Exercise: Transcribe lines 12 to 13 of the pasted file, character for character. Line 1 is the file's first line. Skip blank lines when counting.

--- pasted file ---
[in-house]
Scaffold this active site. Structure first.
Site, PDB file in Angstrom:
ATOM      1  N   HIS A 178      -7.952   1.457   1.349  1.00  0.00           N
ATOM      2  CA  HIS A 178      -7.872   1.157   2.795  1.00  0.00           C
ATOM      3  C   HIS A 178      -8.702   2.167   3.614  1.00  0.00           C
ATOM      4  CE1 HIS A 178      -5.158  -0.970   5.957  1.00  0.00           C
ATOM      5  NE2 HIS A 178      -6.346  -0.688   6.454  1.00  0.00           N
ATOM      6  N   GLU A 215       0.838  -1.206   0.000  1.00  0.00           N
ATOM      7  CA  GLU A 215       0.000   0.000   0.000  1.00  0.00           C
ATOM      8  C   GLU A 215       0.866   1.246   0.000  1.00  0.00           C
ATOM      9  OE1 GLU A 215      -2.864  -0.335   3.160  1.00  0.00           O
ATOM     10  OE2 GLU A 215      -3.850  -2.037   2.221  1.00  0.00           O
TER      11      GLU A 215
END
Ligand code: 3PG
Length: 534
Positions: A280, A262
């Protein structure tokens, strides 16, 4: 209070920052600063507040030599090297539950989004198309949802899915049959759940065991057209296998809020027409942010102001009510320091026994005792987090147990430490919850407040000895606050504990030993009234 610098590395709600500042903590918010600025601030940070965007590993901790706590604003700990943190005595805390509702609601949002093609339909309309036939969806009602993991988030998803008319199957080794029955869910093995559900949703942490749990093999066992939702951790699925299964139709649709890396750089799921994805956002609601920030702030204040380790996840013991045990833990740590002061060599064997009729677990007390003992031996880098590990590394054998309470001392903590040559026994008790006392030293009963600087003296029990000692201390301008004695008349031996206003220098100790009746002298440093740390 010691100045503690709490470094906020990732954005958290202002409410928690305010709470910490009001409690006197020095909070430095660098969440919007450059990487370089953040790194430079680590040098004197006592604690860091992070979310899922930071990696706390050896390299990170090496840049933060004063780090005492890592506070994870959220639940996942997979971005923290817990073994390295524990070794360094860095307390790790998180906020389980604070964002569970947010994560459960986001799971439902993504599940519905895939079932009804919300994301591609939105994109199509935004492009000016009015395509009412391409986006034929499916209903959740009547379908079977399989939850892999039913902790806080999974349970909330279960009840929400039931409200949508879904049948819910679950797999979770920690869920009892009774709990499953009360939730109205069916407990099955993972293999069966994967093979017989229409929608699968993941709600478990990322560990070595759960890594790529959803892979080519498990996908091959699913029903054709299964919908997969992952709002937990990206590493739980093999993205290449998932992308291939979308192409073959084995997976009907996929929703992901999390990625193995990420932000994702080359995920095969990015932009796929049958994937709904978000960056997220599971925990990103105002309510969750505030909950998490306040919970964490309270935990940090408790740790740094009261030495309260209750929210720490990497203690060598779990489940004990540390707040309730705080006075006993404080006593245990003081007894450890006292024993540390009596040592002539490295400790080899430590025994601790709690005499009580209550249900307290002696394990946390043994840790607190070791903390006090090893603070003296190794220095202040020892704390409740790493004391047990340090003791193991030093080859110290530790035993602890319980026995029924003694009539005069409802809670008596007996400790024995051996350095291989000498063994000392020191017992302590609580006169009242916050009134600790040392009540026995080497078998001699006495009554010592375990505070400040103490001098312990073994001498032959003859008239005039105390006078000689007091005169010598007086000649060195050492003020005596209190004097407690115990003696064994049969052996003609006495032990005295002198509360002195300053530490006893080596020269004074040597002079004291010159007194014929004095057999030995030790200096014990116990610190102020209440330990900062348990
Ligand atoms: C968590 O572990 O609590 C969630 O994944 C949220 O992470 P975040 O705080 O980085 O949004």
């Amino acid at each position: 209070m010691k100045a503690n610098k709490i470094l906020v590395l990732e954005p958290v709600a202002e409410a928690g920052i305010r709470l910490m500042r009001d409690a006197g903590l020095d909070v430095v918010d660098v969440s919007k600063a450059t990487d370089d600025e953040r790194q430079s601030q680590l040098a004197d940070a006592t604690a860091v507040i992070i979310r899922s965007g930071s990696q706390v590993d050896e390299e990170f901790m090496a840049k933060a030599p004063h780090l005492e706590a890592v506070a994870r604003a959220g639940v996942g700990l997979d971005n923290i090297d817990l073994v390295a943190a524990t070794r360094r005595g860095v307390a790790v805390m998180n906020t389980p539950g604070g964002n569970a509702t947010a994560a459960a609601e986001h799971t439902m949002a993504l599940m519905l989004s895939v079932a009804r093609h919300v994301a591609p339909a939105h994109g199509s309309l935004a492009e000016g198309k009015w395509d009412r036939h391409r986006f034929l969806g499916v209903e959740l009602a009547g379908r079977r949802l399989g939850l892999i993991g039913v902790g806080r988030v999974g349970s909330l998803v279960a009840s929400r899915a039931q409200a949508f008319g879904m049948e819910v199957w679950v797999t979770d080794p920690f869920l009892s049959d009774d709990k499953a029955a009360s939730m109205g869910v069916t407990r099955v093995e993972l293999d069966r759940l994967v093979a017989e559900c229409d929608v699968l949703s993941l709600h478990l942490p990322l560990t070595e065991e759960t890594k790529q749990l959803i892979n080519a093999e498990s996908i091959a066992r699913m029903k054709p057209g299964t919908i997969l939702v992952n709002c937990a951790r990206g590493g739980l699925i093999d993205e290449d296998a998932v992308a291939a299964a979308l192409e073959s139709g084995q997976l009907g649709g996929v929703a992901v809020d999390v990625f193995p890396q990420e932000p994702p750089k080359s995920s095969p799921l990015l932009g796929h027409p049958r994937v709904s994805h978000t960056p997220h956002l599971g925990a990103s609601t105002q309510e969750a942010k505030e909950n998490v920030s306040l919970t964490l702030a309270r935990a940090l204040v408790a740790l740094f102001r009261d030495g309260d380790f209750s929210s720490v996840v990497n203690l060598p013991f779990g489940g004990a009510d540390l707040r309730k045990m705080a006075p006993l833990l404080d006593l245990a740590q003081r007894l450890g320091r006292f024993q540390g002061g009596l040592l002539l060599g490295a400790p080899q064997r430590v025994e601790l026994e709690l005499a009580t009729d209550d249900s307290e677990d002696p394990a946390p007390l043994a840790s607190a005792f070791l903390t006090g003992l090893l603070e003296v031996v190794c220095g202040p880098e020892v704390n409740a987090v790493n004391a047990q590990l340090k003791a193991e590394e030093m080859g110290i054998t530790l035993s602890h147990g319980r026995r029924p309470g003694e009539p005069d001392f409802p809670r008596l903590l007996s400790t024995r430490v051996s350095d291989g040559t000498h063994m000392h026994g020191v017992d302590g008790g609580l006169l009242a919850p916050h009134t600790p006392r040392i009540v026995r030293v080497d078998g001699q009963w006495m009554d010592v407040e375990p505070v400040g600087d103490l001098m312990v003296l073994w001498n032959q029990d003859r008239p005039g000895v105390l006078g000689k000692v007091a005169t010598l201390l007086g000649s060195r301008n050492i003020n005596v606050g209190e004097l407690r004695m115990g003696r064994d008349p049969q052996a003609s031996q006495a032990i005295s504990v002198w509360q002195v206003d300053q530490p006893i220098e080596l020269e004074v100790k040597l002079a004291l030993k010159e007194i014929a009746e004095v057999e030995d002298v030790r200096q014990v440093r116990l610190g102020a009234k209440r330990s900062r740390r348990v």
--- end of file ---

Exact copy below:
ATOM      9  OE1 GLU A 215      -2.864  -0.335   3.160  1.00  0.00           O
ATOM     10  OE2 GLU A 215      -3.850  -2.037   2.221  1.00  0.00           O